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AMI Silica prepares for joint venture green silica sand facility in Alberta

The estimated 800,000 tonnes per year silica sand facility should provide products that serve various customers in the energy, construction and environmental sectors.


September 30, 2020
By Jay Koblun

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A new Tier 1 silica sand facility in northeastern Alberta is set to be in operation the first half of 2022. AMI Silica signed a term sheet with an international industrial partner to pursue the Duvernay Silica Sand Project as a joint venture initiative. AMI Silica is a division of Athabasca Minerals.

Finney says the joint venture aims to co-develop and operate one of the greenest silica sand facilities in North America.

Tanya Finney, director, investor and stakeholder relations at Athabasca Minerals. Photo courtesy of AMI Silica

“We say it will be one of the greenest silica sand facilities because we are going to use our partner’s industrial utilities. They have processed water we can use for our wash and dry facility,” she says. “Our silica sand facility is just that, a wash and dry facility, there’s no processing in it. We are not taking the sand or rock and trying to process it down into silica sand. It’s a really clean operation. The processed water helps us mitigate any dust and helps us clean the sand and get it ready for distribution.”

Finney also said the silica sand, often referred to as frac sand, located in Alberta and northern British Columbia is benchmarked to Wisconsin sand. Wisconsin sand is imported into Canada via rail.

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“What we’re trying to do is displace some of that sand. We want to utilize the resources here more efficiently via rail or trucking, as opposed to the distance from Wisconsin,” she says.

AMI Silica’s geological partner will be announced after AMI Silica completes its Front-End Engineering Development (FEED) period, scheduled to be completed the first half of 2021.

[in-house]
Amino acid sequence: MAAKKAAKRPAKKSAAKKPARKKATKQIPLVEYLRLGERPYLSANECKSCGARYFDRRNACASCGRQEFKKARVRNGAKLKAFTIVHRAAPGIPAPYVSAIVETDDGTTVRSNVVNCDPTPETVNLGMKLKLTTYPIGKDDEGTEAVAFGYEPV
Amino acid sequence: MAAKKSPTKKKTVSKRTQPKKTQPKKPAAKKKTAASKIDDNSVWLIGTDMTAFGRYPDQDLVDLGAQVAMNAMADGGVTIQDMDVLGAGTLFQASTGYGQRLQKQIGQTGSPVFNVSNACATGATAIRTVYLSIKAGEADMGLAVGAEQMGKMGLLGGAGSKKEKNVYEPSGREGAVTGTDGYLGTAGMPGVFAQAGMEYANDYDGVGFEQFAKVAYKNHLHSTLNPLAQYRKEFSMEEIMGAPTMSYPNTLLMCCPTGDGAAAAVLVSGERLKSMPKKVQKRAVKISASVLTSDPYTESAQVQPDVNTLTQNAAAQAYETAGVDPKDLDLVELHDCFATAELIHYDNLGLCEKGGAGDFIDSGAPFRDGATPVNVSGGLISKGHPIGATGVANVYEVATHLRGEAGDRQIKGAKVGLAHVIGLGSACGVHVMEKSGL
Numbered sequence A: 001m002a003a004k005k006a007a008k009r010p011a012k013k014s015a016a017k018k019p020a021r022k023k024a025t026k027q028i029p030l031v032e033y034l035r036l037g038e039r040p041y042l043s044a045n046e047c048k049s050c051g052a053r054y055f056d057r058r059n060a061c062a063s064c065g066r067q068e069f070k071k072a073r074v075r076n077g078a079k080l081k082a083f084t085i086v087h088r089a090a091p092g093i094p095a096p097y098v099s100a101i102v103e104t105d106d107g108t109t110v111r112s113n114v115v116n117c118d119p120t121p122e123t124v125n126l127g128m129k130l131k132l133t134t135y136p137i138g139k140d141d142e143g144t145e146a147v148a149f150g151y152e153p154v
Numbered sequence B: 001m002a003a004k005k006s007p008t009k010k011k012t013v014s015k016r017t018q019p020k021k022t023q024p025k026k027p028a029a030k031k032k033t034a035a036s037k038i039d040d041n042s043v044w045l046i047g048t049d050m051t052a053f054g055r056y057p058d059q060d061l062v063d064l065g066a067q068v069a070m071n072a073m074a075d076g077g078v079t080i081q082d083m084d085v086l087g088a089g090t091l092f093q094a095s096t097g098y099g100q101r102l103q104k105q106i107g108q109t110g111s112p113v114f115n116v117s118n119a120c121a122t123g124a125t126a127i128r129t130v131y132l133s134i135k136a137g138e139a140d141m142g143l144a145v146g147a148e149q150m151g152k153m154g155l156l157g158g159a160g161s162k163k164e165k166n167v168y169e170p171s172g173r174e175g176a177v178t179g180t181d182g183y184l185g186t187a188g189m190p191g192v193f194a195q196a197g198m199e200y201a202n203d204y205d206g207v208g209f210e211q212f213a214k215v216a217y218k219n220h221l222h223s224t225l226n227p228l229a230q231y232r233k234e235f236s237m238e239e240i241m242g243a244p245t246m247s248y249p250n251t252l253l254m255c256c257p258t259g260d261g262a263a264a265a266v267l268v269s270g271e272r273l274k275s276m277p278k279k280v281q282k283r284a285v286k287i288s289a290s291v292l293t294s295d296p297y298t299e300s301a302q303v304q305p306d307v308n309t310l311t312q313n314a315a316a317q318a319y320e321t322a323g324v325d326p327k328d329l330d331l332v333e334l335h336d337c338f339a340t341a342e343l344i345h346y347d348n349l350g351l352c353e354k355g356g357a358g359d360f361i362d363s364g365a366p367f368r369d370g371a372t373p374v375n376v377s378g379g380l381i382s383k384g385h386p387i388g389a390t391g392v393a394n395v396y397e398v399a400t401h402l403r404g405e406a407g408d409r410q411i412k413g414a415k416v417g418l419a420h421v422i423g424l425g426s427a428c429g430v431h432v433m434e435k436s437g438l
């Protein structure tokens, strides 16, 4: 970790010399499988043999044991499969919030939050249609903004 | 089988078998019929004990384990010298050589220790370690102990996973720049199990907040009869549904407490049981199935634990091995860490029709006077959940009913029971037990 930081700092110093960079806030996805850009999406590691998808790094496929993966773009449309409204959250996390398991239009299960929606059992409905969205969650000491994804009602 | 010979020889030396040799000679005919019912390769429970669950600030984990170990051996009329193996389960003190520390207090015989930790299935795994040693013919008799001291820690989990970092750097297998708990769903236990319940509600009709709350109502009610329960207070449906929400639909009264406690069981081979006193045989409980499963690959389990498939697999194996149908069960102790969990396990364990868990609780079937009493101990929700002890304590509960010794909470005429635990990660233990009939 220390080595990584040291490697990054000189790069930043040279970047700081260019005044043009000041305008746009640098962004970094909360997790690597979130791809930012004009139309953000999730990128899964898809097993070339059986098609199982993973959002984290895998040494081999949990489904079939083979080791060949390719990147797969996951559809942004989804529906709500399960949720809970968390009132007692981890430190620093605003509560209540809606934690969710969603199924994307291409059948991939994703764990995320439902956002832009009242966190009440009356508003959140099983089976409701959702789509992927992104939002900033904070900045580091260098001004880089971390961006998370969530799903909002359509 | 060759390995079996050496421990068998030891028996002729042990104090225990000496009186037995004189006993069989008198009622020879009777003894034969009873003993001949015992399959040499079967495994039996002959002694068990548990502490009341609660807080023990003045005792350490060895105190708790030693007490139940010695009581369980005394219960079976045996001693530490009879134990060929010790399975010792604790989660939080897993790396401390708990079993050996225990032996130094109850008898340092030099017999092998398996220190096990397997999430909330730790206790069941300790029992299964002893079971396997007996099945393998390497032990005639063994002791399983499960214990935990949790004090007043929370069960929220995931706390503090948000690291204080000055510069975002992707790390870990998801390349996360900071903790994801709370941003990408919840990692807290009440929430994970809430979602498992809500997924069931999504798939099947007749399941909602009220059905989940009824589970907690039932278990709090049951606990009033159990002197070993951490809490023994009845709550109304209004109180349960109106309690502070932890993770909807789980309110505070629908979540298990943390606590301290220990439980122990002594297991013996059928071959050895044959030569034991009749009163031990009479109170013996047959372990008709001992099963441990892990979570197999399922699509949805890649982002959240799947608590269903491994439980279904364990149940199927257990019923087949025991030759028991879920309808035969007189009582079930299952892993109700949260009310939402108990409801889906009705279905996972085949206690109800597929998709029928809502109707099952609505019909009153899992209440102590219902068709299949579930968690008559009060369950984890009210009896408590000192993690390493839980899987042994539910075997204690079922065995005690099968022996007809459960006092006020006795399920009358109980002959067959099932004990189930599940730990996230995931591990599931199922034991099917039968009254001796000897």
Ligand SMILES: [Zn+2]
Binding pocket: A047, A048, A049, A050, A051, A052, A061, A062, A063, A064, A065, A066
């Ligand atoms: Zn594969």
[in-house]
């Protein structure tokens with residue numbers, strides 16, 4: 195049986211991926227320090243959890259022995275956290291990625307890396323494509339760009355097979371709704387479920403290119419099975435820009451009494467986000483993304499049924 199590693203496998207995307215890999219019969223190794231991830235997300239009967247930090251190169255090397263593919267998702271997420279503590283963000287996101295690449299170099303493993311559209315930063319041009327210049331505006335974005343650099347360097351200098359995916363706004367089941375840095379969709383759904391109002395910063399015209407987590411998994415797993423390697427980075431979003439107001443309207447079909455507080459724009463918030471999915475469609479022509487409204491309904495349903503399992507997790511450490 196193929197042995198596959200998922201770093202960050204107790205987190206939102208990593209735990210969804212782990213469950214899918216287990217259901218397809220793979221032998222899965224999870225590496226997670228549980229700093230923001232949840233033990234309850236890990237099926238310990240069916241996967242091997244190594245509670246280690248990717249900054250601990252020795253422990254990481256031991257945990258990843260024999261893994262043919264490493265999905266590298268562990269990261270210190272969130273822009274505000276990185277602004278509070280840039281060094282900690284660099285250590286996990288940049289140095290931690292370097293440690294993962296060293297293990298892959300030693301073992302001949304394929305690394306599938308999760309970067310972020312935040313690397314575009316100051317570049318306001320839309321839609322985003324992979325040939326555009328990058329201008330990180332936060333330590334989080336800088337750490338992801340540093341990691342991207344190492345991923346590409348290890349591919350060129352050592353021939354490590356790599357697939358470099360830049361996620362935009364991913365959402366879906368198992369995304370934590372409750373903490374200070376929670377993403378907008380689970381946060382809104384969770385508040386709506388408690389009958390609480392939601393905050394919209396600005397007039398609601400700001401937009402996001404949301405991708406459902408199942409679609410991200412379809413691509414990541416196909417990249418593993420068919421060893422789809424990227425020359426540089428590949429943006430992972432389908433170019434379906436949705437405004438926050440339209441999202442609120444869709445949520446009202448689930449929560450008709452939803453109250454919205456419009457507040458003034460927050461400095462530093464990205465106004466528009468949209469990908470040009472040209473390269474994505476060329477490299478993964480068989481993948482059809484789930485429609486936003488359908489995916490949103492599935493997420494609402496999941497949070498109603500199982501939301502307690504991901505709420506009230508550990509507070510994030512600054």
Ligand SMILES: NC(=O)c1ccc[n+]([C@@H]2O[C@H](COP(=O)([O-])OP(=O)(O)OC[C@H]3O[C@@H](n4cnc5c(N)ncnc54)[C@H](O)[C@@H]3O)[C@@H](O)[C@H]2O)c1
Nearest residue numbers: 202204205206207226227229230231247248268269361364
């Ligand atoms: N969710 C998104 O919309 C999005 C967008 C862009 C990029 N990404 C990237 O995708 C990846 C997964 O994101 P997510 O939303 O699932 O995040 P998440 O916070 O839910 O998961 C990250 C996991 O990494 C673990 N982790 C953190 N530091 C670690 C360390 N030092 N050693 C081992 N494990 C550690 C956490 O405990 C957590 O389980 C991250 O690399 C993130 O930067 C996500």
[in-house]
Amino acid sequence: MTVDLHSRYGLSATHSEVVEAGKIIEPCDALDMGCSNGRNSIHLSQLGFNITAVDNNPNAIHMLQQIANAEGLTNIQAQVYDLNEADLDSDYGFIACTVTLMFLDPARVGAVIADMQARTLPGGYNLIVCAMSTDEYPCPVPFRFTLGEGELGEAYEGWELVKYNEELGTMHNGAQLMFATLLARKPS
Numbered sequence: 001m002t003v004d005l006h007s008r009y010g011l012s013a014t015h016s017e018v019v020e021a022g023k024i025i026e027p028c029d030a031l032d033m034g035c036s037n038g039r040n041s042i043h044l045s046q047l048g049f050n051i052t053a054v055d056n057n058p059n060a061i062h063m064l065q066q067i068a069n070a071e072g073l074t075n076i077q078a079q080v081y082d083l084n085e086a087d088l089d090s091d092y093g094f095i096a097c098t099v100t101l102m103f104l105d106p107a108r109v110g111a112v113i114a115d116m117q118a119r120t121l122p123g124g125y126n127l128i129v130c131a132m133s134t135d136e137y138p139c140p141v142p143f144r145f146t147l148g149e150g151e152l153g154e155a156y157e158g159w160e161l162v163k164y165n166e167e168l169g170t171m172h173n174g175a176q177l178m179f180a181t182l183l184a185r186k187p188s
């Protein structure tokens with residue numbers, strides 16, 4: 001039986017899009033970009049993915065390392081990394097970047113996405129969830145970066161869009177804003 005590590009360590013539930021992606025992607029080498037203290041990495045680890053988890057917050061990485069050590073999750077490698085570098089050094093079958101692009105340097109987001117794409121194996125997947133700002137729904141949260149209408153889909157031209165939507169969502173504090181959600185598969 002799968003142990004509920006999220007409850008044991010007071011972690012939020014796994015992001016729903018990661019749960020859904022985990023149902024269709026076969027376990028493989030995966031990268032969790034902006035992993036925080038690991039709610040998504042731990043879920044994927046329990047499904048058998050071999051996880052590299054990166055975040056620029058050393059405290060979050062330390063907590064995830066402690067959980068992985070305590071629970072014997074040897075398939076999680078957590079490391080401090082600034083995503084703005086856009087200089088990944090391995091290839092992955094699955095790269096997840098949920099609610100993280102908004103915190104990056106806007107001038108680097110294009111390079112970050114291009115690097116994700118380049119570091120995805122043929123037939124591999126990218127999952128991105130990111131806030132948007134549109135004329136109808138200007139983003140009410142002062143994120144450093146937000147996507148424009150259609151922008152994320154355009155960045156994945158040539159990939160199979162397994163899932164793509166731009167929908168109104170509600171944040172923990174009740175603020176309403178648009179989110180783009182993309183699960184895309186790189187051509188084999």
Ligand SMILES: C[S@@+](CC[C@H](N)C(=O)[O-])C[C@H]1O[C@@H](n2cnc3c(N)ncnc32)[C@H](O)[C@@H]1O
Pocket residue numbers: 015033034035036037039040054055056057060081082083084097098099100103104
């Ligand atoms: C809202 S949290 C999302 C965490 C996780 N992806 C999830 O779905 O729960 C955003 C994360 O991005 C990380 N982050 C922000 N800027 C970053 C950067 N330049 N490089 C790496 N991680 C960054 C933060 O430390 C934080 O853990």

“FEED usually stands for Front-End Engineering Design and we’ve chosen to use development over design because we already have a design,” says Finney. “In that stage we will look at our design schedule; how we build it, how much it will cost, and how much capacity we can put through the facility. That’s what is done in the FEED period. Afterwards we go into construction and break ground, get regulatory approvals for the building, facility and sand deposit. Then we can start on commercial operations.”

During the FEED period, a number of funding alternatives will be assessed, including project financing as well as green grant and green bond opportunities. The aim is to minimize shareholder dilution while maximizing long-term shareholder value. The project is set to offer long-term employment, support for local businesses, and a more substantial, diverse tax base for the province and local economy.

Robert Beekhuizen, CEO of Athabasca Minerals and president of AMI Silica, said the project brings economic and environmental benefits to Alberta.

“We are excited about the strategic merits of this project, and to have attracted the interest of a world-class Industrial Partner. In terms of market economics, the planned operation will mitigate western Canada’s reliance on imported American sand by introducing Alberta-based, premium domestic sand at improved prices,” said Beekhuizen. “Our green initiatives will minimize the environmental impact and carbon footprint.”

AMI Silica said these are some of the unique synergies the facility will provide:

  • Industrial land suitable for construction.
  • Access to industrial utilities, including process water, power and heat recovery opportunities that bring distinctive environmental benefits.
  • Access to transportation infrastructure that will broaden the economic distribution of product across Alberta and into Northeast British Columbia.
  • Additional premium domestic sand deposits located in close proximity to the proposed industrial location, clear of residential areas.
  • Long-term employment, support for local businesses, and a more substantial, diverse tax base for the province and local economy.

Sand drill. Photo courtesy of AMI Silica

The estimated 800,000 tonnes per year silica sand facility should provide products that serve various customers in the energy, construction and environmental sectors.

“In Alberta about three million tonnes are imported into Canada each year. Our expected capacity is 800,000 tonnes per year for the next few years and we expect to optimize our production and get up to one million tonnes per year,” says Finney. “That takes out a nice percentage of that imported sand. In Canada about two million tonnes of domestic sand is used. But its Tier 2 sand. Not all operators can use that sand, which is why we get silica sand from the U.S. imported in.”

Finney stressed that a strategic plan around community engagement is one of the top priorities.